Click the title of this presentation, to open it –> Increases by CC Miller Best to view it in Slide Show mode because it’s animated.
This method was adapted from Dr. C. C. Miller’s “50 Years Among the Bees.” It is my variation on his chapter called “Increasing 9 Weak Colonies to 56.” I did it this way because I did not have 9 colonies, only 1. But if you have more than 1 and want to increase, you can do a better job if you follow Dr. Miller’s chapter more closely. He did it in the year 1899 in a village north of Chicago.
If you read his book, keep in mind the time frame. He is not necessarily working with all Langstroth hives yet. They were very expensive and a lot of people were still making their own “box hives.” So if something doesn’t make sense to you, maybe you are picturing using a modern hive while he might not be using one.
You can download a pdf of the book at http://www.soilandhealth.org/03sov/0302hsted/030208miller/030408miller.pdf
Join us at 7:30 PM on Thursday April 17th at St James School for the Guild’s monthly meeting. There will also be an open hive talk at 7:00 PM for those that wish to attend.
Philadelphia beekeepers, Spring is here and we want your help documenting when and where the blooms are in Philadelphia. Use the hashtag #phillyblooms2014 on Twitter, Facebook and Instagram. Tell us what’s in bloom, the date, your neighborhood and or zip-code and follow the conversation throughout the season!
PennApic’s Beginner Beekeeping Workshop is a free event held March 29th from 9 A.M. to 4 P.M. at the Union Firehouse, 30 East Canal Street, Dover, PA. The program follows:
9:00 State of the State of Beekeeping
10:00 Beekeeping Basics
11:00 Honeybee Pest Management
12:00 Youth in Beekeeping Award, Honey Extraction Demo
1:00 Warre Hives: Alternative Hives
2:00 Round-Table Discussion
3:00 Pollinator Gardens
Outdoor programs weather permitting
Open hive programs (weather permitting) and an observation hive will give you a view of the inner workings of the hive. Try your hand at beeswax candle-dipping, learn about solitary bees, and visit the honey-tasting station. Demonstrations on honey, soap-making, lip-balm making, honey extraction and more! Local honey, hive hardware, and t-shirts will be for sale and a silent auction and door prizes will feature bee- related items!
Whether you are curious about beekeeping, an avid gardener, into local foods, or just love the outdoors, this is the place to be! For more information, please visit our website at www.pennapic.org or call 717-991-8070.
Do you enjoy talking about bees with total strangers? If so, we have some great opportunities for you! In April, the Guild is participating in the Philly Farm & Food Fest and the Philadelphia Science Festival to raise awareness of the importance of honey bees to our food sources and to our environment.
We will provide an observation hive full of bees, bee-related handouts, and other visual aids (honeycomb, bee suit, tools, etc.). WE NEED YOU to staff the booth and simply chat with people about beekeeping for a 2-hour period or longer if you’re into it! Anyone who has kept bees for a year or so, will know the answers to the vast majority of questions people have. PLEASE VOLUNTEER by contacting the appropriate coordinator, below!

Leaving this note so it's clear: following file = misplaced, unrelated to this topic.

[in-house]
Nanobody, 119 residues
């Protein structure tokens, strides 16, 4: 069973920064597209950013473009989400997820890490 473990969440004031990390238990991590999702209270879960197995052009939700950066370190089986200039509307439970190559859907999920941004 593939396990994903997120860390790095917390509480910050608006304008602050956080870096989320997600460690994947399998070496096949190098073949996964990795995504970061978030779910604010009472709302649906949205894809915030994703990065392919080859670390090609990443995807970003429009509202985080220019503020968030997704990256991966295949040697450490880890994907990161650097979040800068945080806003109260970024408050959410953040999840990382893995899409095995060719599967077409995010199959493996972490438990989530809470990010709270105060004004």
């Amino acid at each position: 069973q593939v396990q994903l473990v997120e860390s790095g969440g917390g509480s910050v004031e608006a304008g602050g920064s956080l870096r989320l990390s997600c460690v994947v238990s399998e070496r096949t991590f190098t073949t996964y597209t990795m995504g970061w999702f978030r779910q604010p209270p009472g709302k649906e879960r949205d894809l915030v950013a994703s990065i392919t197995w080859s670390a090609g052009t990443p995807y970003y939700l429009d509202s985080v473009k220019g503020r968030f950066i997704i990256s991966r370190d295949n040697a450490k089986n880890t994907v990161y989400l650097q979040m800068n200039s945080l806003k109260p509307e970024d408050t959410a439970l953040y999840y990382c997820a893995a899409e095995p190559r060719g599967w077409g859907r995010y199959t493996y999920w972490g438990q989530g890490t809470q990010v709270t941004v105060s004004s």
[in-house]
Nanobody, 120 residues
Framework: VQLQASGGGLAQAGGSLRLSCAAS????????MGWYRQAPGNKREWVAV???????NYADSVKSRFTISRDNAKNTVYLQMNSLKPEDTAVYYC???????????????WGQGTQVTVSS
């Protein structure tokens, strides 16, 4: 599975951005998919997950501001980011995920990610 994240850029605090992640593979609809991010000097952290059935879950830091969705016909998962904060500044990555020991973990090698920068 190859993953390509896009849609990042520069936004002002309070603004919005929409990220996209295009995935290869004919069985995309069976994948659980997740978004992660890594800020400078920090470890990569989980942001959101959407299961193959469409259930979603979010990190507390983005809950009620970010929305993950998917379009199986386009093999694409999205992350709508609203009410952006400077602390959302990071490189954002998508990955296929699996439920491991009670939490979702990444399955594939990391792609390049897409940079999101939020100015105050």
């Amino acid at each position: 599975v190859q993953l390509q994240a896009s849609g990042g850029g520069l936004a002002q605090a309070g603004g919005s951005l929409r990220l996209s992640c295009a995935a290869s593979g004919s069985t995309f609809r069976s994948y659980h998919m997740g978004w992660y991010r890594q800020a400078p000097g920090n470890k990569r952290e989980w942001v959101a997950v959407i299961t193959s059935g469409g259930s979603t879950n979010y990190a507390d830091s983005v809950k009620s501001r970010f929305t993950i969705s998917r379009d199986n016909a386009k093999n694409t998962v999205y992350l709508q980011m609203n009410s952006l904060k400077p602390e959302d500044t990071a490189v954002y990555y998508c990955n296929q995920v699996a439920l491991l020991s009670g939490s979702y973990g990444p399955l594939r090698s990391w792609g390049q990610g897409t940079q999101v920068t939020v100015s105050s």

April 13 (Sunday) Farm & Food Fest from 11 am – 4 pm at Convention Center on Broad St.
Volunteer Coordinator: Don Shump email@example.com
April 25 (Friday) Science Festival Preview/Kick-off from 5 pm – 7 pm at Franklin Institute, 222 North 20th St.
April 26 (Saturday) Science Festival Discovery Day at Hunting Park from 10 am – 4 pm at 900 Hunting Park Ave.
May 3 (Saturday) Science Festival Carnival on the Parkway from 9 am – 4 pm Logan Circle/Ben Franklin Pkwy.
Volunteer Coordinator: Suzanne Matlock firstname.lastname@example.org
Next monthly Guild meeting on Thursday, March 20, 7:30 p.m., at St. James School
Delaware beekeeper, Ken Outten (pictured at right), has a small farm where he grows hay for the racehorse industry and strawberries. He started keeping bees “a bunch of years ago” in order to improve his berry crop yield. Then, a few years ago, he mentally prepared himself to raise queens by reading everything about it he could find. His ethic was not to sell or give away any of his queens until he could do it consistently well – he found it to be a lot of work! After a couple years of selling queens to other people, he settled on growing & selling nucleus hives (nucs) as the lower maintenance alternative.
On March 20, Ken will speak to us about how his thinking evolved and perhaps save you some time and headache, if you are thinking of embarking on this process. In his day job, Ken teaches high school AP/Honors Biology and coaches soccer and wrestling. Oh yeah and, as if he has any time left over . . . he is the President of the state of Delaware Beekeepers’ Association!!
For ease of tracking, we are changing the membership term to coincide with the calendar year. Therefore your membership will expire at the end of 2013. Anyone who paid their dues after July 1, 2013 may make special arrangements with the membership coordinator for prorated dues for 2014. Contact email@example.com